Backing into the slip
How do I back a C34 into a slip?
Q: Please tell me that it gets easier to back a 34 into a slip. So far the last three tries have been less than successful. Tried going past the slip and then hitting reverse but the wind does all kinds of strange things...I'm starting to think that unless the wind is near dead I should go bow first. We like being able to walk on and off the stern, plus we have a handicapped family member that enables her to get on and off. Any suggestions for shortening the learning curve or does it just take time???
Al Moreau, Dun Wish'n #1488
The more you practice the easier it gets. It's never really easy, but it does get better. First you have to get use to the prop walk to port when backing up. What I do is put the boat in reverse and rev it up till it gets moving. Then, to reduce prop walk I put it to the lowest throttle setting. A few feet further on I put it in neutral and let momentum carry her into the slip. And yes, the wind will foul things up, but after a while you learn how to compensate, to some extent. If the wind is a really bad cross wind I might have to warp it into the slip. That is go past the slip so the aft end of the boat is at the port forward pillion. Put a line on and start backing up using the line to corner the boat in. Keep trying, you will do it.
Lou Berman, C34 #1366, Rock Hall, MD
Of all the responses to this subject that I have seen, know one talks about the SLIP LOCATION with respect to your boat and the prop walk to port when backing up. If you are docking down a asle with slips on both sides and you happen to be one of the slips on the right (lets talk, right/left here) then you will find that even the real seasoned experts will have a problem. Best bet would be to turn the boat around and then back in with the description below.
If you were to go down the same asle and back in to the left slip, you then have the prop walk helping you out. If you have very little room but can go way forward, down the isle of slips, you could get some reverse speed up to get some steerage. If you have tried this, as you turn the aft into the slip, the front of the boat will whip around, way to fast, with the boats momentum.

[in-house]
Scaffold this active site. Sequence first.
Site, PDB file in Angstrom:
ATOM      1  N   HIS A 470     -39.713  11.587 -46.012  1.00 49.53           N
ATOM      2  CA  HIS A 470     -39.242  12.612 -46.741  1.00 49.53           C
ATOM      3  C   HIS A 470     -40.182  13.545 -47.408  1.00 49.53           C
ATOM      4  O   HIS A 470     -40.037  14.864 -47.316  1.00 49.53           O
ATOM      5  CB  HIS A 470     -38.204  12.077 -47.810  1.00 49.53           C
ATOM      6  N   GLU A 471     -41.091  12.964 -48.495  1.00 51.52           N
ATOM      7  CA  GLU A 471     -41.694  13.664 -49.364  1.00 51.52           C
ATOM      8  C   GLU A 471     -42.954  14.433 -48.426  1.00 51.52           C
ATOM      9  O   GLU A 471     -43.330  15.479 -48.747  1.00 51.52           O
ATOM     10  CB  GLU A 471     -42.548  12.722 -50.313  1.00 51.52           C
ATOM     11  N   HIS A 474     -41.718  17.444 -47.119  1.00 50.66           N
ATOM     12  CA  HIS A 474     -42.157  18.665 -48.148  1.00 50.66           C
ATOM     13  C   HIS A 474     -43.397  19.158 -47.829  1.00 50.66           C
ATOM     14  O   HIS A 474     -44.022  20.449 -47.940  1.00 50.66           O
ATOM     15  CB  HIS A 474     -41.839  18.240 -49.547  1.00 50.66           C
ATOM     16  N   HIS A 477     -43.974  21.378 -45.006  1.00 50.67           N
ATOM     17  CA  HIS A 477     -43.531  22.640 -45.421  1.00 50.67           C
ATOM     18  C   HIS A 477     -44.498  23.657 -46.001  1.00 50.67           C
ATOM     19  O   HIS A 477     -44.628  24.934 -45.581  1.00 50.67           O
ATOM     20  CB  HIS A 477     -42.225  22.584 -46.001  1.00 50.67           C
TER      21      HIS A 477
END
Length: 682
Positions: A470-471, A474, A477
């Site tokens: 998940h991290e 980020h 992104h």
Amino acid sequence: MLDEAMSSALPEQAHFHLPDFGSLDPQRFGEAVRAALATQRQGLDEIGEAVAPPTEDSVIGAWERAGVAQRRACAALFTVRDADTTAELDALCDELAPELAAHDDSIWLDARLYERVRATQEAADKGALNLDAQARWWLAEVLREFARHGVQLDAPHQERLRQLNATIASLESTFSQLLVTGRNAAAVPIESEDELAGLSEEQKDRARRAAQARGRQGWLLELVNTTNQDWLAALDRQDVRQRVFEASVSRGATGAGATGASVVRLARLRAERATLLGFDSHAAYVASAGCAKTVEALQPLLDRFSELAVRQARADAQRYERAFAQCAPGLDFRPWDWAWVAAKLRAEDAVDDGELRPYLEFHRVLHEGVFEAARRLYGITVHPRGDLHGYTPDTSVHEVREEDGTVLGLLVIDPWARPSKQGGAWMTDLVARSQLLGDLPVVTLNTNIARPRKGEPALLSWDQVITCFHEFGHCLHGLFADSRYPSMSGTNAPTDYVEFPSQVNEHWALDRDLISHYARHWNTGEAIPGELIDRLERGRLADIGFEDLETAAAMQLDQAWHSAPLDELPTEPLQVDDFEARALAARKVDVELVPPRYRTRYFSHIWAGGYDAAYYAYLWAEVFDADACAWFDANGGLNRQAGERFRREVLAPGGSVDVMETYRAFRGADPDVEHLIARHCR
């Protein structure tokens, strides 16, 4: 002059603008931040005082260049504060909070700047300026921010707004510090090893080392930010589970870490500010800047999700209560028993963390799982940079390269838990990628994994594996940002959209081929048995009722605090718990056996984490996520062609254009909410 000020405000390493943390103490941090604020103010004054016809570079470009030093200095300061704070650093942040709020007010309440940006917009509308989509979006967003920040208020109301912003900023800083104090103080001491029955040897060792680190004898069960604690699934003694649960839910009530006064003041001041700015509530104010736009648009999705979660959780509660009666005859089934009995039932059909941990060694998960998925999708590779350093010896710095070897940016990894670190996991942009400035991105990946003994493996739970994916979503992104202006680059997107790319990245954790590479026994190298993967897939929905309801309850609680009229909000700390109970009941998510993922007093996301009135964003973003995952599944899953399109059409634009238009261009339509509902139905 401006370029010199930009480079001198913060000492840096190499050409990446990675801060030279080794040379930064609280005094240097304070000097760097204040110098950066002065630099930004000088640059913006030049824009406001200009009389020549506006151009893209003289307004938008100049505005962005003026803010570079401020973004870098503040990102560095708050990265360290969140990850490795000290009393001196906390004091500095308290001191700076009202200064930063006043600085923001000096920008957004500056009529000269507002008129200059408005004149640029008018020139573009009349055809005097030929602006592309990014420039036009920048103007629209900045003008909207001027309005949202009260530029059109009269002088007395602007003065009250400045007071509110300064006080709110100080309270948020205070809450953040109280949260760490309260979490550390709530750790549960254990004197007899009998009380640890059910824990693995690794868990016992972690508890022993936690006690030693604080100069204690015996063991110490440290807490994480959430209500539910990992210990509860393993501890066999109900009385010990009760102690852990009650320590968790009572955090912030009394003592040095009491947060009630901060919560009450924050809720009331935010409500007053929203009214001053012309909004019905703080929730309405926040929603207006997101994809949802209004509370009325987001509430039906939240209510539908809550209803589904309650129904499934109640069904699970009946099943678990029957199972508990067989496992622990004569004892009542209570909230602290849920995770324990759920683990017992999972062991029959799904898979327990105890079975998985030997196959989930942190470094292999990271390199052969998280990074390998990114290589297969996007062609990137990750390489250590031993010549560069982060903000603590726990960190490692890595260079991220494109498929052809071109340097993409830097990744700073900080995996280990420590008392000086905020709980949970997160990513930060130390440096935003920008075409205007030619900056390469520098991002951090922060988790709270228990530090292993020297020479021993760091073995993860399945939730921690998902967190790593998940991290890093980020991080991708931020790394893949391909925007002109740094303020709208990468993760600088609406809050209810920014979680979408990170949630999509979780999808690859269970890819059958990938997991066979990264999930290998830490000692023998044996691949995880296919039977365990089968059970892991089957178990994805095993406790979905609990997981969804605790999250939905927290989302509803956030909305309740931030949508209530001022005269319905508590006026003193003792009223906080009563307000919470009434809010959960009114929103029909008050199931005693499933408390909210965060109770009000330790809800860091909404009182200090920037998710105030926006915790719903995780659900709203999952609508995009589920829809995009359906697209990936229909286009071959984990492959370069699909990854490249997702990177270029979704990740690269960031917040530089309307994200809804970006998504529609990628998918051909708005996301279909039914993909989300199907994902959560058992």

So "To Back In", you must be going parallel to your slip on your left side, swing out at a 45-deg angle to the slip and stop. Give it a fast burst in reverse to get the boat moving for steerage and put it back into neutral. Steer to the slip and if more speed is needed, then another burst of reverse, possibly leaving it in reverse slowly, if you have steerage, till you are in the slip. This all assumes that you have little wind and current. A study of the wind and current before you attempt your docking will help you decide when to turn and reverse etc.
I have been told that I am "ONE WITH THE BOAT" (don’t worry I am with my wife also) so some times it is hard to explain what to do as I do it instinctively. IT IS A FEEL. If you can’t get that feel, then you better go in bow first! I have seen some pretty bad bow first docking…..master that first! Better yet, as a last resort, get a mooring! Practice the backing in on calm days!
By the why, the boat yard that I moved to this year, Between the Bridges Marina, (Old Saybrook) has 40 feet between finger docks at the opposite slips. Lets see….. 34 feet plus the bow anchor gizmo and that dinghy hanging off the boat in the slip behind us and a three knot current, wow, I better be one with my boat this year!
Capt Al Watson, Kindred Spirit #55
Three more suggestions for you.